Crown of the Emperor Bahadur Shah II
In the aftermath of the Indian Mutiny of 1857 Bahadur Shah (1775-1862), nominally the last Mughal emperor and King of Delhi, was deposed and exiled to Burma, and the involvement of the East India Company in the government of India ceased. The official end of the Mughal Empire was marked in Delhi by the auction of quantities of jewels and other valuable relics of Bahadur Shah’s court.
Three such relics, the Emperor’s so-called crown and two throne chairs, were bought by Major Robert Tytler (1818-72) of the 38th Regiment of Native Infantry (Bengal), who had taken part in the Siege of Delhi. Returning to England in 1860 Tytler declined £1,000 for the crown from a Bond Street jeweller, deciding instead to offer the relics to Queen Victoria. On 3 January 1861, Sir Charles Wood (1800-1885; later Viscount Halifax), Secretary of State for India, wrote to Prince Albert from the India Office, enclosed a memorandum regarding Tytler’s relics, mentioning in particular ‘an article of head dress which has been brought here … It cannot however be called a crown. It is a very rich skull-cap worn on the head of the Emperor, & round the lower part of which the turban was wound - & in the turban jewels were placed.’ Sir Charles recorded that Sir John Lawrence (1811-79, a member of the Council of India and later Viceroy) had seen the so-called crown ‘& has no doubt of its being what the Emperor actually wore’. In response, the Prince (who immediately recognised the great symbolic value and historical interest of the relics) asked Sir Charles to find out what the owner expected for the crown and for the two throne chairs that were also mentioned. On 8 January Wood reported to the Prince that the crown had been sent to Windsor for the Queen to inspect. Both the crown and the throne chairs were subsequently purchased by the Queen.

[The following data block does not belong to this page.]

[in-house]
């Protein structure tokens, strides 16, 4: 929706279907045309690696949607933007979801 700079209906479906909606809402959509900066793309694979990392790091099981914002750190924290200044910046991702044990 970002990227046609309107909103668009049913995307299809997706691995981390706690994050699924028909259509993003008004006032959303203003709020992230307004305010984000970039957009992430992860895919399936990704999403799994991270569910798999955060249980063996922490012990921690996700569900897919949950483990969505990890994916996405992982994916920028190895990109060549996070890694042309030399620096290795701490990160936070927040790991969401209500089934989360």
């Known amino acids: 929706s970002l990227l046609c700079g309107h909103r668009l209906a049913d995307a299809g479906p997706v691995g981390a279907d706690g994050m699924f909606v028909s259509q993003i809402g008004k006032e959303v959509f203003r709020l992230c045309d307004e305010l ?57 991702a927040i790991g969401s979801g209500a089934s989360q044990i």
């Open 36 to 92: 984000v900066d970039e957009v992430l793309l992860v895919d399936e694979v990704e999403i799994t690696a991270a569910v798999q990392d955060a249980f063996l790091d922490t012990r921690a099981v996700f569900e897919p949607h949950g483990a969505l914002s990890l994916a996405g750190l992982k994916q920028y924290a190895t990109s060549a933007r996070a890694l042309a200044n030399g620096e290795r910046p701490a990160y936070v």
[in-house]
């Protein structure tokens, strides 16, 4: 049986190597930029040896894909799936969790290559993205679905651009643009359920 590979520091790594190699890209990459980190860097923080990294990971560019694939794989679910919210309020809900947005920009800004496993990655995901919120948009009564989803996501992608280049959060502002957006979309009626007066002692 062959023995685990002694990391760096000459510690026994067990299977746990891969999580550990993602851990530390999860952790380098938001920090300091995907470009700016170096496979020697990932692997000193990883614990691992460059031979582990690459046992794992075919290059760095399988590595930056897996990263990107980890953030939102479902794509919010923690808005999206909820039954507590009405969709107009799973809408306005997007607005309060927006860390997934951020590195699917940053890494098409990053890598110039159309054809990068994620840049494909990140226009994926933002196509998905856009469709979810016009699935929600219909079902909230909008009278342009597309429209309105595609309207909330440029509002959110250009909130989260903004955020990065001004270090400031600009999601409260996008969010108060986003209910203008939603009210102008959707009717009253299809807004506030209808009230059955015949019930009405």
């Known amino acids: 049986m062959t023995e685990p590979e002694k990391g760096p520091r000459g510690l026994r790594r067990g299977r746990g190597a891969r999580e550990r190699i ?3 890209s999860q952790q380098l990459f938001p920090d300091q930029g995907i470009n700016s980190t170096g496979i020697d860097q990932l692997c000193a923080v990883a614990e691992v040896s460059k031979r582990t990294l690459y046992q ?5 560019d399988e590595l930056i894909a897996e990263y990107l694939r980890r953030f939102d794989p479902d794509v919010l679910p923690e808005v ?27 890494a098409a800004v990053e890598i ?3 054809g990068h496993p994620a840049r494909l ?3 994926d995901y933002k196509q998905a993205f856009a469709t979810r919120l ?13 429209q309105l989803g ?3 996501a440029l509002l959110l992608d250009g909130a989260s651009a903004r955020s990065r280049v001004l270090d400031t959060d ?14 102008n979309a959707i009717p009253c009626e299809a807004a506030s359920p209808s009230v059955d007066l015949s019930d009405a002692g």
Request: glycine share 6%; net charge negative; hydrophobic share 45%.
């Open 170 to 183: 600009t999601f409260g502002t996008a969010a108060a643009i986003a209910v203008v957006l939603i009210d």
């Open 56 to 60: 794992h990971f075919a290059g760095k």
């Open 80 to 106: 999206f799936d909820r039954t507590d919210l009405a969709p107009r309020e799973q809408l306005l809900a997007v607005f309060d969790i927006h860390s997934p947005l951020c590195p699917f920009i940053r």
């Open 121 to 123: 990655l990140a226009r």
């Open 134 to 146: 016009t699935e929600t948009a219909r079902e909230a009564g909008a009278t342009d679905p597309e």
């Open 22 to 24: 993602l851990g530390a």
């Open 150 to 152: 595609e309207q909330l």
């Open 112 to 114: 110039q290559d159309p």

As recounted in later years by his wife, Tytler felt that the figure of £500 offered by Sir Charles for the crown and two throne chairs was far too low, but reluctantly agreed to it on the promise of a suitable appointment when he returned to India. No such appointment was forthcoming, and the unsatisfactory nature of the transaction with Sir Charles continued to rankle with Harriet Tytler when writing her memoirs more than forty years later.
Text adapted from Victoria & Albert: Art & Love, London, 2010